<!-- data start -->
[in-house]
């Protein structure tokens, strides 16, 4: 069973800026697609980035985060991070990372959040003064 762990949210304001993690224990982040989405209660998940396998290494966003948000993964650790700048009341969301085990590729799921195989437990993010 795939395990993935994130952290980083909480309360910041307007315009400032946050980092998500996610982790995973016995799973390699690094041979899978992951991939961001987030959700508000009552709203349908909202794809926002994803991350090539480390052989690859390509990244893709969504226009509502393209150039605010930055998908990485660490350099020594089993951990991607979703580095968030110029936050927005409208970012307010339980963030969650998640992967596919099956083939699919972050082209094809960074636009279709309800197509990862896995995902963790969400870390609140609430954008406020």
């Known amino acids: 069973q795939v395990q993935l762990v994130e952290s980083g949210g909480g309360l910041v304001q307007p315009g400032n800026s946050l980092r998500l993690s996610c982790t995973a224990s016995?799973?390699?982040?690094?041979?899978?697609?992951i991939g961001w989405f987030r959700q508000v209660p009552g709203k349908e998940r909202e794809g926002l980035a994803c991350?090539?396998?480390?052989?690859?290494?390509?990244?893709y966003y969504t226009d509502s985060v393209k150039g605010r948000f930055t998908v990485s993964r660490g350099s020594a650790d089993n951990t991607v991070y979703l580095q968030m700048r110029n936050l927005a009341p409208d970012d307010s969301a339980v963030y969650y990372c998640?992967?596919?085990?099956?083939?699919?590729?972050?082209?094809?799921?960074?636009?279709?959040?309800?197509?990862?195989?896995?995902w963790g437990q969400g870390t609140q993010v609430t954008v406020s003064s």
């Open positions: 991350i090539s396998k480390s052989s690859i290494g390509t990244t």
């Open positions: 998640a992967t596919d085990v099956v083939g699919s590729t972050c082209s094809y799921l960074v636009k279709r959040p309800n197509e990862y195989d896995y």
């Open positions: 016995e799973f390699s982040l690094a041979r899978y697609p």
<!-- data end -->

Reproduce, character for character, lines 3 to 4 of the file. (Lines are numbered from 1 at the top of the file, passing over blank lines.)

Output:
């Known amino acids: 069973q795939v395990q993935l762990v994130e952290s980083g949210g909480g309360l910041v304001q307007p315009g400032n800026s946050l980092r998500l993690s996610c982790t995973a224990s016995?799973?390699?982040?690094?041979?899978?697609?992951i991939g961001w989405f987030r959700q508000v209660p009552g709203k349908e998940r909202e794809g926002l980035a994803c991350?090539?396998?480390?052989?690859?290494?390509?990244?893709y966003y969504t226009d509502s985060v393209k150039g605010r948000f930055t998908v990485s993964r660490g350099s020594a650790d089993n951990t991607v991070y979703l580095q968030m700048r110029n936050l927005a009341p409208d970012d307010s969301a339980v963030y969650y990372c998640?992967?596919?085990?099956?083939?699919?590729?972050?082209?094809?799921?960074?636009?279709?959040?309800?197509?990862?195989?896995?995902w963790g437990q969400g870390t609140q993010v609430t954008v406020s003064s």
């Open positions: 991350i090539s396998k480390s052989s690859i290494g390509t990244t």